Public skepticism to Corona containment measures suddenly seems to be rising in Norway, especially now in Oslo, and officials at both the state and local levels are worried. The skepticism and resistance come after many months of cooperation and the spirit of what’s known as dugnad, in which everyone contributes to the common good.
Newspaper Aftenposten reported over the weekend how officials in the City of Oslo are noting a disturbing trend in social media over the past few weeks. “The biggest challenge lies in the increase of those who totally oppose Corona containment measures, and view them as propaganda from the authorities,” states a report from social media monitors to top city politicians. “We’d seen very few of such comments earlier, but they turned up in several posts last week.”
Ole Morten Knudsen, a communications adviser for the city, concedes that there’s always been “discussion” around measures aimed at limiting the spread of virus infection. He told Aftenposten, though, that Norway was mostly spared from contentions that infection control isn’t necessary and that Corona isn’t any worse than ordinary flu, until now.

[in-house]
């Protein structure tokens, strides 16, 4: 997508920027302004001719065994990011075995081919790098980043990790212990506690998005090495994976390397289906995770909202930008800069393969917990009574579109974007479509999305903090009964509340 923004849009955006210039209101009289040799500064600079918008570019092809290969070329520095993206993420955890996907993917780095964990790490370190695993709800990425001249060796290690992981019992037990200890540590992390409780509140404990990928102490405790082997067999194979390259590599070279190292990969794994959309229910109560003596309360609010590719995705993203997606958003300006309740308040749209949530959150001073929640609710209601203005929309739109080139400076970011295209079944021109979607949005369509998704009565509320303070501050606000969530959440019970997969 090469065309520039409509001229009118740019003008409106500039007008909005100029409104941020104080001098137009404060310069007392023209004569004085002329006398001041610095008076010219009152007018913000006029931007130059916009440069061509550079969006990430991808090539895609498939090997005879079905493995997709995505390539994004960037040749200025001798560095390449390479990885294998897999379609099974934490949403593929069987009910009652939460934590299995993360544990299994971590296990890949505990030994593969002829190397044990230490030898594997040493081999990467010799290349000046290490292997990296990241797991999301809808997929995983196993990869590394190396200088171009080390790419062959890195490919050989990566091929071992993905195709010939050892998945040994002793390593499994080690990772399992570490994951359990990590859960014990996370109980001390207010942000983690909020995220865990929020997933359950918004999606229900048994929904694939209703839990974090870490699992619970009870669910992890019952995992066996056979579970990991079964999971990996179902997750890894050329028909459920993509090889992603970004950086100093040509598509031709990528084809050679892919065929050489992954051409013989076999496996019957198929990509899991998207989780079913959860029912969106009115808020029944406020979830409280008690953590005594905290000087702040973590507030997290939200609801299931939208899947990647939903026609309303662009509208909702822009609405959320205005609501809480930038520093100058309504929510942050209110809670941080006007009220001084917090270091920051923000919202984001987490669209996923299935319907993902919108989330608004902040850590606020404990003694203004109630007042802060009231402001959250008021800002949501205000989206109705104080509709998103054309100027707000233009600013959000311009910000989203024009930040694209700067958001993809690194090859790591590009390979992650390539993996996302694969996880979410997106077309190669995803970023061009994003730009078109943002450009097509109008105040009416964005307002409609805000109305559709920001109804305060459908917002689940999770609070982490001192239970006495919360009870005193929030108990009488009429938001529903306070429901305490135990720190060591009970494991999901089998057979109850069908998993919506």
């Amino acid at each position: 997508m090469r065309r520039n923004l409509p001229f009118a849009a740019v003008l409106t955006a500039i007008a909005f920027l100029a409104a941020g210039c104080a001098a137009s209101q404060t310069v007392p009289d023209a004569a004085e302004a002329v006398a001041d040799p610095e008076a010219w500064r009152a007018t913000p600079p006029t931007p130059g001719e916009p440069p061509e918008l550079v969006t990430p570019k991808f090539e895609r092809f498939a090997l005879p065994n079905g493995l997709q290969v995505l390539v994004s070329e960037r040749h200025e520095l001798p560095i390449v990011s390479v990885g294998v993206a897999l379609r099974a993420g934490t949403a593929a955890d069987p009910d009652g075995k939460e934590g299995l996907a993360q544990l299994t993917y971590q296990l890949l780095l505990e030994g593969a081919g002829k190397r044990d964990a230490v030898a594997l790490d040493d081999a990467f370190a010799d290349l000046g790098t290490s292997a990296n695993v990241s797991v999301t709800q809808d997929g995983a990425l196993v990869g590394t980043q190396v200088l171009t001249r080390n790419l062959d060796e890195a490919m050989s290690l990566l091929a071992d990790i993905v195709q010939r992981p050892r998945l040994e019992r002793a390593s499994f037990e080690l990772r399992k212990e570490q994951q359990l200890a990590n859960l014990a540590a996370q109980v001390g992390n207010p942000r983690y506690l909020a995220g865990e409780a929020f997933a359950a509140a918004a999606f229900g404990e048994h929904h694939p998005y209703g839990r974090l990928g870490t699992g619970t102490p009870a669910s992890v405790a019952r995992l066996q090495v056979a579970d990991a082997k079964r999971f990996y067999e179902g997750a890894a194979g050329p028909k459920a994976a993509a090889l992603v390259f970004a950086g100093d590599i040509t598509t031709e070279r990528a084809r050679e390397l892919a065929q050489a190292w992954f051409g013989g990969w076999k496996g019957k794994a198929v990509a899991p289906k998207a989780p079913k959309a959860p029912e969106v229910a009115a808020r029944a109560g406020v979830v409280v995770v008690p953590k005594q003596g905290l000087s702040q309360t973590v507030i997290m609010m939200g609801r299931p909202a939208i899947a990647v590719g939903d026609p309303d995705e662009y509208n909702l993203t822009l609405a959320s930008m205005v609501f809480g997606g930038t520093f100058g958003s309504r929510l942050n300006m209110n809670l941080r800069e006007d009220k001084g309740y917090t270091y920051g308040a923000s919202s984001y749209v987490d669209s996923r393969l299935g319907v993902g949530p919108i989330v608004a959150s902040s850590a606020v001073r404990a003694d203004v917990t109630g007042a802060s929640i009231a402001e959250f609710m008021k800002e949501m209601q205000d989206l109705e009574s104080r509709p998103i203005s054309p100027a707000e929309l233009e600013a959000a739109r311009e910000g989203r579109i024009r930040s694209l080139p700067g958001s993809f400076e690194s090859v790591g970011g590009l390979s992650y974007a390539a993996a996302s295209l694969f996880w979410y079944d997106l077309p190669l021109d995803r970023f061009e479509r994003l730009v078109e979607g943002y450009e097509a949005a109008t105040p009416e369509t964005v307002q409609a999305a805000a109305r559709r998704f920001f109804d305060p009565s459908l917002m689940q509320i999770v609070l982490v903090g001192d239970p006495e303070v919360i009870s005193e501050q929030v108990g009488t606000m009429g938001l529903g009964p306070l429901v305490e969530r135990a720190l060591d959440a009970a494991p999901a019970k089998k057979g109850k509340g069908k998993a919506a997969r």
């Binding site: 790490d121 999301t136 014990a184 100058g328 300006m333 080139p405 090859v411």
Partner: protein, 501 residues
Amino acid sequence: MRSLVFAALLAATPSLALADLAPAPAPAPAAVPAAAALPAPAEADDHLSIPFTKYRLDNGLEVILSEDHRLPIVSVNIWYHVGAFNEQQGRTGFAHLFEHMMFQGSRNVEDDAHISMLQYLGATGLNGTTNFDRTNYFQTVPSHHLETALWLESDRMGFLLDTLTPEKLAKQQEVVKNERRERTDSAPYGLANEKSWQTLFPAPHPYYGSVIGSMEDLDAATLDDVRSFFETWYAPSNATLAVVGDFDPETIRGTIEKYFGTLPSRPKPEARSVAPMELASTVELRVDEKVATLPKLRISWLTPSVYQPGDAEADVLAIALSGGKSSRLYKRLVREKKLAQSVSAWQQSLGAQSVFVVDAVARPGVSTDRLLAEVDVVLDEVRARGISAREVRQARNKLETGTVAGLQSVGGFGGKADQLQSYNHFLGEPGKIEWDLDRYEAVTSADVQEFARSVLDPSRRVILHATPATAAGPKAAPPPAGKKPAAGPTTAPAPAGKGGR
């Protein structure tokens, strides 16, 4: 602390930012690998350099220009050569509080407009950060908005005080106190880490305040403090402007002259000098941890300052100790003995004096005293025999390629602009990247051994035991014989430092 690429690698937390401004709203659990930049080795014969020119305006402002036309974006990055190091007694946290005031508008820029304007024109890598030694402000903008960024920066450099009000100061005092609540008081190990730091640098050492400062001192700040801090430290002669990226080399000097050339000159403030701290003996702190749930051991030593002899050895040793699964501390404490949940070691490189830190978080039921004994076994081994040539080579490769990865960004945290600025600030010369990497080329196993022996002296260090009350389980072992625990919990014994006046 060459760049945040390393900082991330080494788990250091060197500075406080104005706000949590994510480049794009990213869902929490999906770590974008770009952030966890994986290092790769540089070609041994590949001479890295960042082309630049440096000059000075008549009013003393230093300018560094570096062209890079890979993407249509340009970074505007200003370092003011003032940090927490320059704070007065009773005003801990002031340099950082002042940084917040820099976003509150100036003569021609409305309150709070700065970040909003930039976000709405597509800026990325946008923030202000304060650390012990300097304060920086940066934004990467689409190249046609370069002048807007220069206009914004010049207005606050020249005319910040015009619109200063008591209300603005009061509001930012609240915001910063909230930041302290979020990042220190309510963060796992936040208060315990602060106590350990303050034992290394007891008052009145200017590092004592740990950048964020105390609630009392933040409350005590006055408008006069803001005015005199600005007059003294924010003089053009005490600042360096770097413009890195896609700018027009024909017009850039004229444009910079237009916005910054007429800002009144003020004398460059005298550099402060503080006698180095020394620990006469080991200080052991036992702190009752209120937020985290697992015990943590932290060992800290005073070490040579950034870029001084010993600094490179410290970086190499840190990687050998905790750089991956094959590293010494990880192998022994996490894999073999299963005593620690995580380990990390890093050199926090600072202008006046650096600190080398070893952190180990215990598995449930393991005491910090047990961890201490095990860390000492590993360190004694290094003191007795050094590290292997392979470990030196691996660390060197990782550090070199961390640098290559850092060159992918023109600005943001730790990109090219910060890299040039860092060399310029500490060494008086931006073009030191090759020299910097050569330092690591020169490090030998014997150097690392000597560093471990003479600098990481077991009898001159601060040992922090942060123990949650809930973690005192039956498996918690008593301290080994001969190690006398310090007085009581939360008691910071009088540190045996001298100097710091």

The rising skepticism helps explain why Oslo Mayor Raymond Johansen of the Labour Party was reluctant early last week to follow state health authorities’ recommendation to furthern tighten anti-infection measures when infection levels in Oslo soared. Johansen also publicly confronted Health Minister Bent Høie of the Conservative Party, who threatened to override Johansen if Oslo didn’t sharpen regulations, but eventually went along with face mask regulations.
The report to city officials warned that the gap between Corona skeptics and those following the regulations was widening. Many Norwegians, like others around the world, are simply weary of all the social distancing and other regulations. The report also warned that many now question why deaths have remained relatively low even though infection levels have risen, and some claim Vitamin D is the best cure for Corona.
“This still isn’t a big problem, but we’re alarmed that more people are equating Corona with the flu,” Knudsen said. Medical experts note that younger Norwegians aged 20-29 now account for most of the new infection, don’t get as sick and sometimes don’t even have symptoms. They remain contagious, though, and can in turn infect grandparents and others who are far more vulnerable, and can die.